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10 ways to prepare your supply chain team for the post-pandemic world

By Cranfield Executive Development
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Research suggests that a widening skills gap is quickly escalating across all industries globally which could disrupt our fragile post-pandemic recovery.

 

Within supply chain management, the focus is now on how to prepare for future volatility; from inventory management to supplier and modal selection, even down to transport execution and development of transport corridors, organisations are concerned with how business models and operational approaches can reinforce supply chain stability.

 

What are the mega-trends that we will see impacting supply chains in 2022 and how are hyper-competition, instant gratification, technology disruption and the pandemic affecting our operations?
  • Supply chains are being shortened or even being localised;

  • Product lifecycles are becoming shorter;

  • Multiple sourcing and multi-shoring strategies are being developed;

  • Operations are managed in rapidly evolving market conditions within stricter regulatory contexts;

  • Sustainable buying patterns are becoming the norm for both consumers and commercial buyers;

  • Technology is rapidly changing operational practices and pushing companies to explore omnichannel strategies;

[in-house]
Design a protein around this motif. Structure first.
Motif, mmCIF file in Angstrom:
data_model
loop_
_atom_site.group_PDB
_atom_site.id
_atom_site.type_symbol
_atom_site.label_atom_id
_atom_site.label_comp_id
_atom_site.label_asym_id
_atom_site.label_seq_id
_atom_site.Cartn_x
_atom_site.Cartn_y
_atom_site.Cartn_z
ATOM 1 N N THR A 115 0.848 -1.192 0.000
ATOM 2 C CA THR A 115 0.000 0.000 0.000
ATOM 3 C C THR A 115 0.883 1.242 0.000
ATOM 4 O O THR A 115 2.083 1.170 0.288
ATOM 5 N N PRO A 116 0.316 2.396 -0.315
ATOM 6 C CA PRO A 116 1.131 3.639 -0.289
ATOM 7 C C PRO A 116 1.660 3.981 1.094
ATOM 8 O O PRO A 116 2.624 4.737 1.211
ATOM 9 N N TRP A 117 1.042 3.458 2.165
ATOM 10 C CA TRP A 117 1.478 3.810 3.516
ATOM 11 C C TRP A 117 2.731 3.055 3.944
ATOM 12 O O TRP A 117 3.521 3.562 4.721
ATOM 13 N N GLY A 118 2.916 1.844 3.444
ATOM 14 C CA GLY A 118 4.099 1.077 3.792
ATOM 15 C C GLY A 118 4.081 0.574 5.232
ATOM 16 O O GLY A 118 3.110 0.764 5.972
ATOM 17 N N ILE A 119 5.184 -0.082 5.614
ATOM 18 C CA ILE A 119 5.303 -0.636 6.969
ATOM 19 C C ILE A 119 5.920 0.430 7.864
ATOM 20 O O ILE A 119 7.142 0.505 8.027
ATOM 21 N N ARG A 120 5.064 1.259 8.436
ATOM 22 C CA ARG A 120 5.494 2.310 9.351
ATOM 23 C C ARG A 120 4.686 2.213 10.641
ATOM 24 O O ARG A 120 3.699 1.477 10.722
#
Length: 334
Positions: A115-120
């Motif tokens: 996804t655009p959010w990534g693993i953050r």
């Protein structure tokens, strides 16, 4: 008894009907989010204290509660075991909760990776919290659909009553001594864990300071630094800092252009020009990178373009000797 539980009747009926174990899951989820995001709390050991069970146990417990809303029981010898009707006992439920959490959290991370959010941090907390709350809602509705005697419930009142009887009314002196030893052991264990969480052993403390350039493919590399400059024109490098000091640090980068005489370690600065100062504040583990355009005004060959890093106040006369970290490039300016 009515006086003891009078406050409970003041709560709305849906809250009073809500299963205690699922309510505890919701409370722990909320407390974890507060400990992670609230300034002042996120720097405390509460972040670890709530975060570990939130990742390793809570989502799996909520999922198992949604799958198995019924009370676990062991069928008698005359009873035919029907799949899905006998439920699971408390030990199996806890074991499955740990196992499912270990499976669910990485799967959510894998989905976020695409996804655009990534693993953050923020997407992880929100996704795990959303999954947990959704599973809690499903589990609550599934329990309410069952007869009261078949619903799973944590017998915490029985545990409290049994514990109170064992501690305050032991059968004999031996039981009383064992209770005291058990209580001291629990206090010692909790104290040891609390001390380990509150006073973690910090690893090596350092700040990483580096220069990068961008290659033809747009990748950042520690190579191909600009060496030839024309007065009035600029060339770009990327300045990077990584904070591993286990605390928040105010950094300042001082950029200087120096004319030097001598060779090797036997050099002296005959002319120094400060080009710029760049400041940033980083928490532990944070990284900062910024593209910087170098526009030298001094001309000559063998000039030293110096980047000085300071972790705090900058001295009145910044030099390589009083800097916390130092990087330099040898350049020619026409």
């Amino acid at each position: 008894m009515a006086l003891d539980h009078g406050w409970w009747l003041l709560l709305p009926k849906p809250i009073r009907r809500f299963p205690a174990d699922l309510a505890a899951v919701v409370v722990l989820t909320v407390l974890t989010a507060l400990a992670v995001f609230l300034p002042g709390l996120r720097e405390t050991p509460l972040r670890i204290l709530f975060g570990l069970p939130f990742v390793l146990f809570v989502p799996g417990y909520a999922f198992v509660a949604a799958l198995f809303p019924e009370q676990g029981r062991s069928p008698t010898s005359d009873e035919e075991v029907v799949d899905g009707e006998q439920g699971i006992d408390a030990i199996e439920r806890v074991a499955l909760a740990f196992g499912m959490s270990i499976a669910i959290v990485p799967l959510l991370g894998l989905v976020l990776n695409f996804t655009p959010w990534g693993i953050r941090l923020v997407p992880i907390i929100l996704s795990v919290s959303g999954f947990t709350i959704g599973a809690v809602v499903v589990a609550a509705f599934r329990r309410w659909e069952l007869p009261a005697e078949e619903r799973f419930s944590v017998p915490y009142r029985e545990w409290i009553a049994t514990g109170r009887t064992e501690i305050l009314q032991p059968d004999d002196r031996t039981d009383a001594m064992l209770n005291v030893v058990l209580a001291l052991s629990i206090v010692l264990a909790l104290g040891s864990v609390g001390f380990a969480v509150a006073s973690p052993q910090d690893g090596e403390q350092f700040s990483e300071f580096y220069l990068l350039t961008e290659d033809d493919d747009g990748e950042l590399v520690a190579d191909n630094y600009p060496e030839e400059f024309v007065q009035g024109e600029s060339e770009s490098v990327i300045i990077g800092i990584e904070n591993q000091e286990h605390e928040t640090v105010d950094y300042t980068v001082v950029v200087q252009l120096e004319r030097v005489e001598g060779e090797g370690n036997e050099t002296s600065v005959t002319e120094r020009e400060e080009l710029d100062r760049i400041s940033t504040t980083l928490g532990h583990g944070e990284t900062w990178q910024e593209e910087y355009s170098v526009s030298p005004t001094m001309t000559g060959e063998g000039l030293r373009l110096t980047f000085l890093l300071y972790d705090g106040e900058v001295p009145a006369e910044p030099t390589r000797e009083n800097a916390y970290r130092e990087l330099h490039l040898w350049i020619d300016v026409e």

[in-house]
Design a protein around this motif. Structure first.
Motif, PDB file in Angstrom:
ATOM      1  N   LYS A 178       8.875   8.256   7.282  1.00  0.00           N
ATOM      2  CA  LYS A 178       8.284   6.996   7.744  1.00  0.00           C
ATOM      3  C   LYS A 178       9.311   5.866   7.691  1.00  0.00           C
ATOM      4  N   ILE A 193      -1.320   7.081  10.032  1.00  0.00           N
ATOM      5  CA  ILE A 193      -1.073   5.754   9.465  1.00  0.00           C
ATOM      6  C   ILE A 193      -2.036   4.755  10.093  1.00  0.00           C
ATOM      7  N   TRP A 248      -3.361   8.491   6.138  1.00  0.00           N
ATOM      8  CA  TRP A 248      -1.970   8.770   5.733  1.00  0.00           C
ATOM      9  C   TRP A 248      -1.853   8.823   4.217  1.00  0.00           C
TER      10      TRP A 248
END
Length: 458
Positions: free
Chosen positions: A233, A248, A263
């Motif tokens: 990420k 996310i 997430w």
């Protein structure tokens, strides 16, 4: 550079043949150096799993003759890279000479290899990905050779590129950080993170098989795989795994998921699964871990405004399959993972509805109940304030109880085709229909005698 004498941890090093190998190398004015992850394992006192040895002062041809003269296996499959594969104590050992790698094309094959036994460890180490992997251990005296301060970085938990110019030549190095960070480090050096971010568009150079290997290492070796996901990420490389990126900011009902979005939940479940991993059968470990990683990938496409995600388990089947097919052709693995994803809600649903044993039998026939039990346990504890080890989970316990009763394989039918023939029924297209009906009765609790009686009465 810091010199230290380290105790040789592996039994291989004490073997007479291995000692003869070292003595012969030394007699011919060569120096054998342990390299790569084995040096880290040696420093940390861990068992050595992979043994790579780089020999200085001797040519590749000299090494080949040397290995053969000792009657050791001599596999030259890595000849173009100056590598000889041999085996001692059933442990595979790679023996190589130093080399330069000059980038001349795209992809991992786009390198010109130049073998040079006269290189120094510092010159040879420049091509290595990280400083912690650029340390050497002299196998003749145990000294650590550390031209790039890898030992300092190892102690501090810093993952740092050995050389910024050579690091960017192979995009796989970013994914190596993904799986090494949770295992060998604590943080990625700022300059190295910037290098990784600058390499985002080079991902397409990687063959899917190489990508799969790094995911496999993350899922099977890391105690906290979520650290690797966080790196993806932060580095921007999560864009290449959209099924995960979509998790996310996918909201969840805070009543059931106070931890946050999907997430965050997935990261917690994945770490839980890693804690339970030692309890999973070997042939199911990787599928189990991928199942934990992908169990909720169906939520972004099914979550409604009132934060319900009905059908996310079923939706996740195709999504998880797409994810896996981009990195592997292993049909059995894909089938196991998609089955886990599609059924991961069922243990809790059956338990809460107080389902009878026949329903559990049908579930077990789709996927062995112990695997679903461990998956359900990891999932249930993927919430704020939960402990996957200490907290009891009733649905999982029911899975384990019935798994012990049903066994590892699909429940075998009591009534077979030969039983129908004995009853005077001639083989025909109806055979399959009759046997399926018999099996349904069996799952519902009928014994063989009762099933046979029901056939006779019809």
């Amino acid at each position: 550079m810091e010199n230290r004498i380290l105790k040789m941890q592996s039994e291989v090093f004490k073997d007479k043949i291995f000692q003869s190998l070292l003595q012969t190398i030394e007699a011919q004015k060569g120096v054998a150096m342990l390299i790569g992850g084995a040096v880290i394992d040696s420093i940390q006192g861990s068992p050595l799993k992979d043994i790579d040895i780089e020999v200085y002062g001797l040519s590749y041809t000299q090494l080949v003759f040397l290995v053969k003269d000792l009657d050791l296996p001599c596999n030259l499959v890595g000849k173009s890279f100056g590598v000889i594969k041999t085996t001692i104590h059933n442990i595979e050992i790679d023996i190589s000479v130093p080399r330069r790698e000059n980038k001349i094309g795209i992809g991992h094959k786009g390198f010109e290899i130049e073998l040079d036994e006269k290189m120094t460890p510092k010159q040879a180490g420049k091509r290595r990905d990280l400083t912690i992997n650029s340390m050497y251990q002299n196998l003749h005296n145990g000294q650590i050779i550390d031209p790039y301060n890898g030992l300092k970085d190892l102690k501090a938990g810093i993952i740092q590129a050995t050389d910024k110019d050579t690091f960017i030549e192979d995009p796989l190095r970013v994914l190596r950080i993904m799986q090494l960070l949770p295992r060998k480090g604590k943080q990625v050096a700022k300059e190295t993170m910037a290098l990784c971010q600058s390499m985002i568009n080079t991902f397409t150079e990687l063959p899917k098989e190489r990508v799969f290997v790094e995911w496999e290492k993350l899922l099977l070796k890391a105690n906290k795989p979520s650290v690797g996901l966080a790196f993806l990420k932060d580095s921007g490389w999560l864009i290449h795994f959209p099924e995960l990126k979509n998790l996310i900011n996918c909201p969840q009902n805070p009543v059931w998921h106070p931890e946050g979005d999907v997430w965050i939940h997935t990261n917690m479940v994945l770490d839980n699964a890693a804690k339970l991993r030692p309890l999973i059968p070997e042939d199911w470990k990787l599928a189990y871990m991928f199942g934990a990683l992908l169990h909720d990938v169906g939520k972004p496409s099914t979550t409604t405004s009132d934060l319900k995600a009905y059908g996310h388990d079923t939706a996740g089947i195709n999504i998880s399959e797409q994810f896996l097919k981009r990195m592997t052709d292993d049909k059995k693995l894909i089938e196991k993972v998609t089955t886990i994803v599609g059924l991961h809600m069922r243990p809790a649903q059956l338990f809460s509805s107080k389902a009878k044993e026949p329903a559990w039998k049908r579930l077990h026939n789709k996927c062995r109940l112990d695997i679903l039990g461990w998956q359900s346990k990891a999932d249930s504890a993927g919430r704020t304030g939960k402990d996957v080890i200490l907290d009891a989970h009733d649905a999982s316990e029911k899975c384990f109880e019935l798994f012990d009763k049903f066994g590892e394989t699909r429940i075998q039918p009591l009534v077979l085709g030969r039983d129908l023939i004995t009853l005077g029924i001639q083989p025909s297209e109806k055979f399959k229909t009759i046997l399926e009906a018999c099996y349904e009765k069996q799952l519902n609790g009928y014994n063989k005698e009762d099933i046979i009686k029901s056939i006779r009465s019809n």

• Perennial themes of financial pressures, corporate resilience, labour shortages and the energy transition continue to affect both customers and companies alike.

In this dynamic business and societal environment, continuous learning becomes a key success factor for both organisations and personal development. Developing the right skills will enable your team to survive and thrive in the ever-changing landscape and outperform the competition.

 

Here’s what you need to know to nurture a strong and successful supply chain team:

 

  1. Align learning with business strategy

    Ensure your learning function is aligned with the business strategy and the objectives of your team. 
  1. Embrace the learning omnichannel

    Exploit new learning channels to cope with the demands of day-to-day operations with blended learning approaches. By combining online and physical learners can work at their own pace but also benefit from opportunities to work together with their peer learners when possible.
  1. Select appropriate learning speeds and exits